Three Nunavik projects among nine to receive funding from Quebec’s “Fonds d’initiatives nordiques”

The village of Kuujjuaq, in Nunavik, the Inuit region of Arctic Quebec. Three Nunavik projects will receive funds from Quebec’s Fonds d’initiatives nordiques. (Eilis Quinn/Eye on the Arctic)

Three Nunavik-based projects were among nine named Wednesday to receive funding from Quebec’s Fonds d’initiatives nordiques (The Northern Initiative Fund).

The fund was established as part of the province’s 2020–2023 Northern Action Plan.

“Together, the nine innovative projects selected will generate more than $10 million in economic benefits in the Eeyou Istchee Baie–James and Nunavik territories,” Jonatan Julien, Quebec’s Minister of Energy and Natural Resources, said in a news release.

These are concrete results, as set out in our government’s Northern Action Plan.”

History, science and on-the-land projects

The three Nunavik projects will each receive $100,000. They include:

  • the adaptation of scientific course materials about Nunavik for youth in the region. The work will be done by the ArcticNet research network.
  • a summer 2021 expedition in Nunavik, followed by a cross-territory expedition in 2022 led by Nurrait | Jeunes Karibus, a Nunavik-based organization that promotes on-the-land activities
  • Tukisivallirutitsanut Parnaitiit, a Nunavik organization, will make available a history of the educational system in Nunavik  from 1950 to 1990 and have it translated into Inuktitut and English. (It’s already available in French.)

“The great diversity of projects selected by the Fonds d’initiatives nordiques demonstrates the vitality and economic diversity of the Nord–du–Québec region,” Denis Lamothe, the MNA for the provincial Ungava riding and parliamentary assistant to the minister responsible for Indigenous Affairs and the minister of Forests, Wildlife and Parks.

“This support will make it possible to concretely promote innovative projects whose spin–offs will benefit the entire region.”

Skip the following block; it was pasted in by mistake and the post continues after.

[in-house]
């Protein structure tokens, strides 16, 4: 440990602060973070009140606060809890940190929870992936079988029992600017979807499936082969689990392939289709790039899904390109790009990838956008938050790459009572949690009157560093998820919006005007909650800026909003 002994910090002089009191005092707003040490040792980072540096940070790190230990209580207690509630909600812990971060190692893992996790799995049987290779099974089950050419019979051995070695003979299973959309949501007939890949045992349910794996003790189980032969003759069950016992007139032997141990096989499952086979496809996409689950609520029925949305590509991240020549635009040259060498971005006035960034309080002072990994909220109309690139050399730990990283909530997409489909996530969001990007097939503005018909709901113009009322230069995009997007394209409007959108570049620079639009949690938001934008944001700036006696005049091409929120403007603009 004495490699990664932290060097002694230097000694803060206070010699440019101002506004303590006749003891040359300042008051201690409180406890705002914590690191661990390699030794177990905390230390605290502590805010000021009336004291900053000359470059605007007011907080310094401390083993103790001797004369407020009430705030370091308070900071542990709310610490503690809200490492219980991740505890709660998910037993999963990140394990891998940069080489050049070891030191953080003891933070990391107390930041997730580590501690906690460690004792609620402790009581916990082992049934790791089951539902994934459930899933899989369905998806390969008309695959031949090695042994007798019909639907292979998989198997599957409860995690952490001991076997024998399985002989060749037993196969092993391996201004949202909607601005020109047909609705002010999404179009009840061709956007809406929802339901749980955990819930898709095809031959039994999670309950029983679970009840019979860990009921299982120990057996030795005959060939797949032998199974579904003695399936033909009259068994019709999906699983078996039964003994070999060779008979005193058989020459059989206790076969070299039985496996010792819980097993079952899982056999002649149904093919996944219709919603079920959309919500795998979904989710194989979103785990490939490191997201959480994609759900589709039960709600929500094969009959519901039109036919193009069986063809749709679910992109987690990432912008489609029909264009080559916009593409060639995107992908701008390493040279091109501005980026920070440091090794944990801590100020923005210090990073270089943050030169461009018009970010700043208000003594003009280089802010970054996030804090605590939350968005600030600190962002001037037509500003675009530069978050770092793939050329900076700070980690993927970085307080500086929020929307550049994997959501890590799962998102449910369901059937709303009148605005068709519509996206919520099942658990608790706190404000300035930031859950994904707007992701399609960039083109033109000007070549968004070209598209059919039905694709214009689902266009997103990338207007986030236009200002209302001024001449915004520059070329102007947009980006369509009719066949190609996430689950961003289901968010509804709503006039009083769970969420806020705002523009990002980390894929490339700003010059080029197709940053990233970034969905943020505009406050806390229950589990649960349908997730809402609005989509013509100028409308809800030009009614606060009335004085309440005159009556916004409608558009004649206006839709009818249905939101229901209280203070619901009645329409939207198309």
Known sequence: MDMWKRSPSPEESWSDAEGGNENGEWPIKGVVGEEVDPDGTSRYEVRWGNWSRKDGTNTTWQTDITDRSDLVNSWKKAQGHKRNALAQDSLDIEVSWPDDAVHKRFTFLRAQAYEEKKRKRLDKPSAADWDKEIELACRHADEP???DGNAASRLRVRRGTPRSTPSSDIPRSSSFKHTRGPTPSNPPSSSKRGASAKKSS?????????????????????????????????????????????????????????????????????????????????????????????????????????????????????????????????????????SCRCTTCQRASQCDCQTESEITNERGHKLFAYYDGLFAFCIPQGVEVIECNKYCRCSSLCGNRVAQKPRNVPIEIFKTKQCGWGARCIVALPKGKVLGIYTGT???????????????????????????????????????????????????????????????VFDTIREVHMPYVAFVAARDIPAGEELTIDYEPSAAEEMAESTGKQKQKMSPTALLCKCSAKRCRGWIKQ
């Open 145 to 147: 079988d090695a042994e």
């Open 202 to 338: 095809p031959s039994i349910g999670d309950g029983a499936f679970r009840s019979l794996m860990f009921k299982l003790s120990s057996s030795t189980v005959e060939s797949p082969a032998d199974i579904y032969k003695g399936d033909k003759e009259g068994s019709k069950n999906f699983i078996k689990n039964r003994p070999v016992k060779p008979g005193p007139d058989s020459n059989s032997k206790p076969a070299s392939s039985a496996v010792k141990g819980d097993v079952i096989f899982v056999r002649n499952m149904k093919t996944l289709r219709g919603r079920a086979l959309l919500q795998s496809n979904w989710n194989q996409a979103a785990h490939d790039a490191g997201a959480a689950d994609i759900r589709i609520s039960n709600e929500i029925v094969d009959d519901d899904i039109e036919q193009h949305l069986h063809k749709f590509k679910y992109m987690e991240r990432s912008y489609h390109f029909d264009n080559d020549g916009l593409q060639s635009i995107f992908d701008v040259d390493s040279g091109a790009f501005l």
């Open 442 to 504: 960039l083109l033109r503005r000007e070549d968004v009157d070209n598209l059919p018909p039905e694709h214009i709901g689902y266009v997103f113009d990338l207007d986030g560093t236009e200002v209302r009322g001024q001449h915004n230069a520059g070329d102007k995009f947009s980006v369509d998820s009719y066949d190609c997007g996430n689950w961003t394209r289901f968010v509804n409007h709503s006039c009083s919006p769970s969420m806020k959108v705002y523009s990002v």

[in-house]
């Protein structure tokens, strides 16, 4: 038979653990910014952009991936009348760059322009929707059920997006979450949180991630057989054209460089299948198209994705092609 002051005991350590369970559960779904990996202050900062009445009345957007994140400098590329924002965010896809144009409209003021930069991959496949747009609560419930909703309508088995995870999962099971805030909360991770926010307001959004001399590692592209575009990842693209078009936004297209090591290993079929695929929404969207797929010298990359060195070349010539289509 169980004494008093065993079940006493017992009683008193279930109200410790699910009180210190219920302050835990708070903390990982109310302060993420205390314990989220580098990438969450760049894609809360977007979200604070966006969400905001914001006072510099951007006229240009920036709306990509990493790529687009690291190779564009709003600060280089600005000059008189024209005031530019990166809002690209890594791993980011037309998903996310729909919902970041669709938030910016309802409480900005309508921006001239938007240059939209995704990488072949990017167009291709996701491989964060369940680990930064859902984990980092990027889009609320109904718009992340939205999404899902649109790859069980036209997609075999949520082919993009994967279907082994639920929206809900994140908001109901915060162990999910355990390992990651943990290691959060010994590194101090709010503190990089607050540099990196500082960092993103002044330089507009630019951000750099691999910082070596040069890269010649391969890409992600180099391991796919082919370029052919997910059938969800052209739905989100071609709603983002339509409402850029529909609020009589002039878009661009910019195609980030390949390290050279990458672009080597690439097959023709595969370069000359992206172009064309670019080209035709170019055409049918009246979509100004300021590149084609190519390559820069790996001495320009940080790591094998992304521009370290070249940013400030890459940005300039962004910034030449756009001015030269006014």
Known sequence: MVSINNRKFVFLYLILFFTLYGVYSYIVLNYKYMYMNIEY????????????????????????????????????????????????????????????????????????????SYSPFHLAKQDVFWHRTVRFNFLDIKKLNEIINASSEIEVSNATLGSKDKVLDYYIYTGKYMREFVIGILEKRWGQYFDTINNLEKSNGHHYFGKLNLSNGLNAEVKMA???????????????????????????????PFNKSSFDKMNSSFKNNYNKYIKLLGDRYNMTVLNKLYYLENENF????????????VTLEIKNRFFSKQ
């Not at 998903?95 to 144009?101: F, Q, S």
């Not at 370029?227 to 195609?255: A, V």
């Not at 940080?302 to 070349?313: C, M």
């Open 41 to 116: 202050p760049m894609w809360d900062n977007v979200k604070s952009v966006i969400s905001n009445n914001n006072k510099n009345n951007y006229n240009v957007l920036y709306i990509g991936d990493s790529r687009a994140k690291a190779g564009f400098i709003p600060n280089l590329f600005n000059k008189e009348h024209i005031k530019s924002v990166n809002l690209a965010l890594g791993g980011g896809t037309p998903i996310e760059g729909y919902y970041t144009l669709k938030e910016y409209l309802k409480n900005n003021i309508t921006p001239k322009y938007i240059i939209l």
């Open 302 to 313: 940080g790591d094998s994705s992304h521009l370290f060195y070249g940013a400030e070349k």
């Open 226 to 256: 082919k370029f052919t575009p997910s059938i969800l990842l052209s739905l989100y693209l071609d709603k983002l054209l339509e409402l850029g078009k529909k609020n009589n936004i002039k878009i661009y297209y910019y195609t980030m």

A landscape near the Nunavik community of Akulivik. An on-the-land program for youth is among the projects that will receive provincial funding. (Eilís Quinn/Eye on the Arctic)

The Société du Plan Nord (the Plan Nord Corporation) is responsible for the Northern Initiative Fund as well as implementing the Northern Action Plan.

The Plan Nord is a provincial economic development strategy focusing on the northern region of the province.

Nunavik is the Inuit region of Arctic Quebec and has a population of approximately 13,000 people.

Write to Eilís at eilis.quinn@cbc.ca 

Related stories from around the North:

Canada: Nunavut, Canada artists to contribute to upcoming, youth-made climate change documentary, Eye on the Arctic

Greenland: International Inuit organization announces youth leadership award winners in honour of Hans-Pavia Rosing, Eye on the Arctic

Iceland: Arctic Science Ministerial report stresses importance of int’l cooperation & community observations on climate, Eye on the Arctic

Sweden: Can cross-border cooperation help decolonize Sami-language education, Eye on the Arctic

United States: American cartoonist says his new book on Canadian Indigenous history helped decolonize part of himself, CBC News

Eilís Quinn, Eye on the Arctic

Eilís Quinn is an award-winning journalist and manages Radio Canada International’s Eye on the Arctic news cooperation project. Eilís has reported from the Arctic regions of all eight circumpolar countries and has produced numerous documentary and multimedia series about climate change and the issues facing Indigenous peoples in the North.

Her investigative report "Death in the Arctic: A community grieves, a father fights for change," about the murder of Robert Adams, a 19-year-old Inuk man from Arctic Quebec, received the silver medal for “Best Investigative Article or Series” at the 2019 Canadian Online Publishing Awards. The project also received an honourable mention for excellence in reporting on trauma at the 2019 Dart Awards in New York City.

Her report “The Arctic Railway: Building a future or destroying a culture?” on the impact a multi-billion euro infrastructure project would have on Indigenous communities in Arctic Europe was a finalist at the 2019 Canadian Association of Journalists award in the online investigative category.

Her multimedia project on the health challenges in the Canadian Arctic, "Bridging the Divide," was a finalist at the 2012 Webby Awards.

Her work on climate change in the Arctic has also been featured on the TV science program Découverte, as well as Le Téléjournal, the French-Language CBC’s flagship news cast.

Eilís has worked for media organizations in Canada and the United States and as a TV host for the Discovery/BBC Worldwide series "Best in China."

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